April 11, 2012

Bail Bond

Posted in My Thoughts tagged , , , , , , , at 6:53 pm by Wyllo

A bail bond is one method used to obtain the release of a defendant awaiting trial upon criminal charges from the custody of law enforcement officials.  It is a written promise signed by the defendant or a surety (one who promises to act in place of the defendant such as the defendant’s family, a friend or a professional bail bondsman) to pay an amount fixed by  the court – usually an amount commensurate with the gravity of the alleged offense- should the defendant named in the document fail to appear in court for the designated criminal proceeding at the date and time specified.

When it comes down to using a bondsman, most defendants are financially unable to post their own bail, so they seek help from a bail bonding agent, who, for a non-refundable fee of 10 to 20 percent the amount of the bail, posts bail. The bondsman becomes liable to the court for the full amount of bail if the defendant fails to appear for the court date. However, before agreeing to assume the risk of posting bail, the bail agent often requires some sort of collateral from the defendant, such as jewelry, securities or written guaranties from creditworthy friends or relatives of the defendant. This collateral acts as security to ensure repayment for any losses the bail agent might incur. If the defendant appears to be a “poor risk,” and unlikely to return to court for trial, the bail agent will refuse to post bail. A defendant who has a record of steady employment, has resided in the community for a reasonable length of time and has no prior criminal record is more likely to be considered a good risk.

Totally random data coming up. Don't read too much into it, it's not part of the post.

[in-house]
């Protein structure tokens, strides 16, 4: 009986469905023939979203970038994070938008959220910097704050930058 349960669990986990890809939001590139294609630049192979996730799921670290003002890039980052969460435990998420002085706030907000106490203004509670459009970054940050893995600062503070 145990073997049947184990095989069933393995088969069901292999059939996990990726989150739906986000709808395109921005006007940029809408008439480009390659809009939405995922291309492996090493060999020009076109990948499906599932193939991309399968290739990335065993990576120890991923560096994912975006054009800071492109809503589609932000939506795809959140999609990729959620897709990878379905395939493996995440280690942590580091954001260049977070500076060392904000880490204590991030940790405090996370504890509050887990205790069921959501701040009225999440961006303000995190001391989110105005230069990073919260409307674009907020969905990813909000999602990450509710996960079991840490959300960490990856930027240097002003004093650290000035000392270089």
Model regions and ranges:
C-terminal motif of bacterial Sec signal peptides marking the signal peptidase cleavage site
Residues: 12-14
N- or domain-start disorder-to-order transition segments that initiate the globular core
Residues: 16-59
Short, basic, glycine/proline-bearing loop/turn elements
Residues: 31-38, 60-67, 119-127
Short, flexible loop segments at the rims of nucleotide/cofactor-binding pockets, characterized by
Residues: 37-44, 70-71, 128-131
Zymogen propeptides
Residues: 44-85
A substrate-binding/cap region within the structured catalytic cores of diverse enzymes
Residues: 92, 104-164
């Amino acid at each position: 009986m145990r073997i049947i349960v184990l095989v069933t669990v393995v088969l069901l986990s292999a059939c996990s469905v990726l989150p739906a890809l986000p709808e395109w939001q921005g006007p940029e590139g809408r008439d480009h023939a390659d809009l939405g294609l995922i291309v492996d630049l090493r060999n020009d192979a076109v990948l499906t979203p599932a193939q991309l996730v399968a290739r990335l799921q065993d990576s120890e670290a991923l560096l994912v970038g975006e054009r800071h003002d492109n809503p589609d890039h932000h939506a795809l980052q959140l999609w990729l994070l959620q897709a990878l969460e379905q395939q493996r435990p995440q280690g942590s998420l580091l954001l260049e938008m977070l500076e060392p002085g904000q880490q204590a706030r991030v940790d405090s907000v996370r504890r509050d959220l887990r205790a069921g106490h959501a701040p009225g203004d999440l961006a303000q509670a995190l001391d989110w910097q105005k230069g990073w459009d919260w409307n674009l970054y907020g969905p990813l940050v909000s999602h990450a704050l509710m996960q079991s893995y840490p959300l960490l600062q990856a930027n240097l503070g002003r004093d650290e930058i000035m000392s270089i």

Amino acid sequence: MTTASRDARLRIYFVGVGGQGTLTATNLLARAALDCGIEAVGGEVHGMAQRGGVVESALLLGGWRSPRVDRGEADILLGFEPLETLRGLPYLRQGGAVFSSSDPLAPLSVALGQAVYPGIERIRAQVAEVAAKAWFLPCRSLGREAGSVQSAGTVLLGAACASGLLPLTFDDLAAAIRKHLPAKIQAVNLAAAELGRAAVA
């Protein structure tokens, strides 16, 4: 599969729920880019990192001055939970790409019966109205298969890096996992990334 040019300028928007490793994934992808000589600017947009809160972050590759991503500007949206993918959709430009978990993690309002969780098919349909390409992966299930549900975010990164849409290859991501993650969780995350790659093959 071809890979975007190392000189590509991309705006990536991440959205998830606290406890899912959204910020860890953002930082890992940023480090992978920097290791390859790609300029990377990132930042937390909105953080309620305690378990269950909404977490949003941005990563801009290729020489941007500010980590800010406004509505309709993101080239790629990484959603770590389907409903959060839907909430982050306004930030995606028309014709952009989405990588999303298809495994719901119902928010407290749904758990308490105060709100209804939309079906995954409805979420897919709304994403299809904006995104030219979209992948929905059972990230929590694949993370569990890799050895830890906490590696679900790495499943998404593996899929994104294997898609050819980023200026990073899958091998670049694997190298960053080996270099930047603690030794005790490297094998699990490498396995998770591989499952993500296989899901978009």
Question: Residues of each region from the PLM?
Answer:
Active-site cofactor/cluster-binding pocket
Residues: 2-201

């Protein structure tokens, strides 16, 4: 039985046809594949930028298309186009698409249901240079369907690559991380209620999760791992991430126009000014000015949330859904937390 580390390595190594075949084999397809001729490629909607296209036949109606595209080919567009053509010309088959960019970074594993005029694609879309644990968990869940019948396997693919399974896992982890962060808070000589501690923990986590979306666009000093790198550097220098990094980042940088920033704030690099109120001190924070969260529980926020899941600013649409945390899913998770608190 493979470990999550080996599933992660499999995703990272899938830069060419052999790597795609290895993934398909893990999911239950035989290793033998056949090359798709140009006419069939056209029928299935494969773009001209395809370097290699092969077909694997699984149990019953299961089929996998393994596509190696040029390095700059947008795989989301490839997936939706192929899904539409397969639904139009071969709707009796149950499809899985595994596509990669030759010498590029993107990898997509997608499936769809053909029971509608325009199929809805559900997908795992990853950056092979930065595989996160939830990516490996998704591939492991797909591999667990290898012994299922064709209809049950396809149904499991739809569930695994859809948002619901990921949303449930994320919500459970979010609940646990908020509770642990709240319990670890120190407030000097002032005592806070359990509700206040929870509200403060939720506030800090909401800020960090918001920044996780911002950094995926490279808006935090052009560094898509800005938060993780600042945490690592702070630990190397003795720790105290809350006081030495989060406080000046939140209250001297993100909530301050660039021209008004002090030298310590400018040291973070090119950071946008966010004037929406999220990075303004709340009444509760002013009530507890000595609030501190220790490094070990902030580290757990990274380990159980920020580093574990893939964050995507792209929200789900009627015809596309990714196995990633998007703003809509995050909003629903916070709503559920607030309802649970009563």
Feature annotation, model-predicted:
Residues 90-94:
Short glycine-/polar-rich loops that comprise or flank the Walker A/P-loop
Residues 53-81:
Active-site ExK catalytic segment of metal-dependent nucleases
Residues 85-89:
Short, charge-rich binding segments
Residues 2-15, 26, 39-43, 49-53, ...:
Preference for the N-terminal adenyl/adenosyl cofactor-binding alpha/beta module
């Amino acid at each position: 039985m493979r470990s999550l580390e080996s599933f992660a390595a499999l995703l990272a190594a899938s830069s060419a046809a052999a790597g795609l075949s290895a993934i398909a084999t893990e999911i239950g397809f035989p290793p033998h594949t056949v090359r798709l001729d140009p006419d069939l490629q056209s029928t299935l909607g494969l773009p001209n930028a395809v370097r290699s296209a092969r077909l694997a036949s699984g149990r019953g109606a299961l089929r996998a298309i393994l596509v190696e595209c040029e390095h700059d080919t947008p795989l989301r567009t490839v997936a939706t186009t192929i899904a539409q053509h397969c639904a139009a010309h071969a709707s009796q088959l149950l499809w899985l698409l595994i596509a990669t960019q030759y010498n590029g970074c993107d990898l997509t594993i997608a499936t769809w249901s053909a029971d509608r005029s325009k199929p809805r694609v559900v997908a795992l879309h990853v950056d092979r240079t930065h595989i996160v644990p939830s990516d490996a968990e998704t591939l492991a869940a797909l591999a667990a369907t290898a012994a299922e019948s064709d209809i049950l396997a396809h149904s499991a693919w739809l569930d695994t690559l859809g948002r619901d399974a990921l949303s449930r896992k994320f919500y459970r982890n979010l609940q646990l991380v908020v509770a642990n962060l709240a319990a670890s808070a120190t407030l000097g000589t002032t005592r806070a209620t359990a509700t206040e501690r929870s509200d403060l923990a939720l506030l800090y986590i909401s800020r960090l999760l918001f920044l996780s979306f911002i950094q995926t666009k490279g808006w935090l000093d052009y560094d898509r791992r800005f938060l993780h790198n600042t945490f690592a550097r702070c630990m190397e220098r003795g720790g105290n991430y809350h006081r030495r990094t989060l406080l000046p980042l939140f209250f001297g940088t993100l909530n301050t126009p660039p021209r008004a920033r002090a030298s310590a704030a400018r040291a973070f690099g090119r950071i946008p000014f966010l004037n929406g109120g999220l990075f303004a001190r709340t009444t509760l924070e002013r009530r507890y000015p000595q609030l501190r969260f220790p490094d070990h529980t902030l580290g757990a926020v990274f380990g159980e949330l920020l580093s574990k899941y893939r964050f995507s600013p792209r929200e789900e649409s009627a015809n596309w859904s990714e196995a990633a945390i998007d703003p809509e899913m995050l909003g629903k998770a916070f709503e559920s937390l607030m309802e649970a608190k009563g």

The bail agent, the defendant or another interested party posts bail in the form of the bail bond at the court where the defendant is required to return for the proceeding. The court clerk issues a bail ticket or similar document, which is sent to the police to notify them that bail has been met. The defendant is released from custody when the bail ticket is received by the police. Liability under the bail bond ends when the defendant fulfills the conditions of the bond by appearing in court on the specified date, or if the terms of the bond become impossible to execute, such as by the death of the defendant or by his or her arrest, detention or imprisonment on another offense in the same or different jurisdiction.

If a defendant fails to appear for trial on the date specified in the bail bond, the court issues a warrant for the defendant’s arrest for “jumping bail” and the amount of the bond is forfeited to the court. The bail agent is generally authorized by statute to arrest the defendant and bring him back for criminal proceedings.

A bail bond may be similarly used in cases of civil arrest to prevent a defendant from fleeing a jurisdiction to avoid litigation or fraudulently conceal or dispose of assets in order to become judgment-proof (incapable of satisfying an award made against him if the plaintiff is successful).

The states of Kentucky, Illinois, Wisconsin, Nebraska and Oregon have enacted laws making it illegal to post bail for profit, thereby outlawing the occupation of bail bond agent.